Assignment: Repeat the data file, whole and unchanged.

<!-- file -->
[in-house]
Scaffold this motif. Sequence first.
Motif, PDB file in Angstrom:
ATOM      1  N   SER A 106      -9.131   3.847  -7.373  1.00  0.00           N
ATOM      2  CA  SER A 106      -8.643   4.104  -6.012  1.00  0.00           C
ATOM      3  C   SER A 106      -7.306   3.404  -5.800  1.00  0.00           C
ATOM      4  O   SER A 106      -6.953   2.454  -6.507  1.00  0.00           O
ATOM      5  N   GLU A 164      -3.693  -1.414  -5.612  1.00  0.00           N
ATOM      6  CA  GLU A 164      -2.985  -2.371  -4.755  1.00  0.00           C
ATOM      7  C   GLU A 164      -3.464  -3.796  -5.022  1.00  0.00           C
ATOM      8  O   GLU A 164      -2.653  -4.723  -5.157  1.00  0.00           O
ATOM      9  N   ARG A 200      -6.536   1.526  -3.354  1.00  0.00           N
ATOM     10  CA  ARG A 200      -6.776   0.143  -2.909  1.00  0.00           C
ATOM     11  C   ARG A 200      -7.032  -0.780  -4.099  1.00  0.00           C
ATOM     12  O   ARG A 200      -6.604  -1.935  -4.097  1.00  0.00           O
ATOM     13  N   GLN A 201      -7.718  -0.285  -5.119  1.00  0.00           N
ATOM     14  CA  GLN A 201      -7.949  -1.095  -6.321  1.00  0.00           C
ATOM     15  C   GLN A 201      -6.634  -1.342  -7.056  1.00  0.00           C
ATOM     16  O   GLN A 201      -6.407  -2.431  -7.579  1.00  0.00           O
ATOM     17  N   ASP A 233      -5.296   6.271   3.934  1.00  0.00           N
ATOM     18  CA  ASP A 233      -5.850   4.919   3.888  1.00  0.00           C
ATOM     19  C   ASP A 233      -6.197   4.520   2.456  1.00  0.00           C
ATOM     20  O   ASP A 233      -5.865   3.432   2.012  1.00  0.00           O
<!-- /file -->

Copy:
[in-house]
Scaffold this motif. Sequence first.
Motif, PDB file in Angstrom:
ATOM      1  N   SER A 106      -9.131   3.847  -7.373  1.00  0.00           N
ATOM      2  CA  SER A 106      -8.643   4.104  -6.012  1.00  0.00           C
ATOM      3  C   SER A 106      -7.306   3.404  -5.800  1.00  0.00           C
ATOM      4  O   SER A 106      -6.953   2.454  -6.507  1.00  0.00           O
ATOM      5  N   GLU A 164      -3.693  -1.414  -5.612  1.00  0.00           N
ATOM      6  CA  GLU A 164      -2.985  -2.371  -4.755  1.00  0.00           C
ATOM      7  C   GLU A 164      -3.464  -3.796  -5.022  1.00  0.00           C
ATOM      8  O   GLU A 164      -2.653  -4.723  -5.157  1.00  0.00           O
ATOM      9  N   ARG A 200      -6.536   1.526  -3.354  1.00  0.00           N
ATOM     10  CA  ARG A 200      -6.776   0.143  -2.909  1.00  0.00           C
ATOM     11  C   ARG A 200      -7.032  -0.780  -4.099  1.00  0.00           C
ATOM     12  O   ARG A 200      -6.604  -1.935  -4.097  1.00  0.00           O
ATOM     13  N   GLN A 201      -7.718  -0.285  -5.119  1.00  0.00           N
ATOM     14  CA  GLN A 201      -7.949  -1.095  -6.321  1.00  0.00           C
ATOM     15  C   GLN A 201      -6.634  -1.342  -7.056  1.00  0.00           C
ATOM     16  O   GLN A 201      -6.407  -2.431  -7.579  1.00  0.00           O
ATOM     17  N   ASP A 233      -5.296   6.271   3.934  1.00  0.00           N
ATOM     18  CA  ASP A 233      -5.850   4.919   3.888  1.00  0.00           C
ATOM     19  C   ASP A 233      -6.197   4.520   2.456  1.00  0.00           C
ATOM     20  O   ASP A 233      -5.865   3.432   2.012  1.00  0.00           O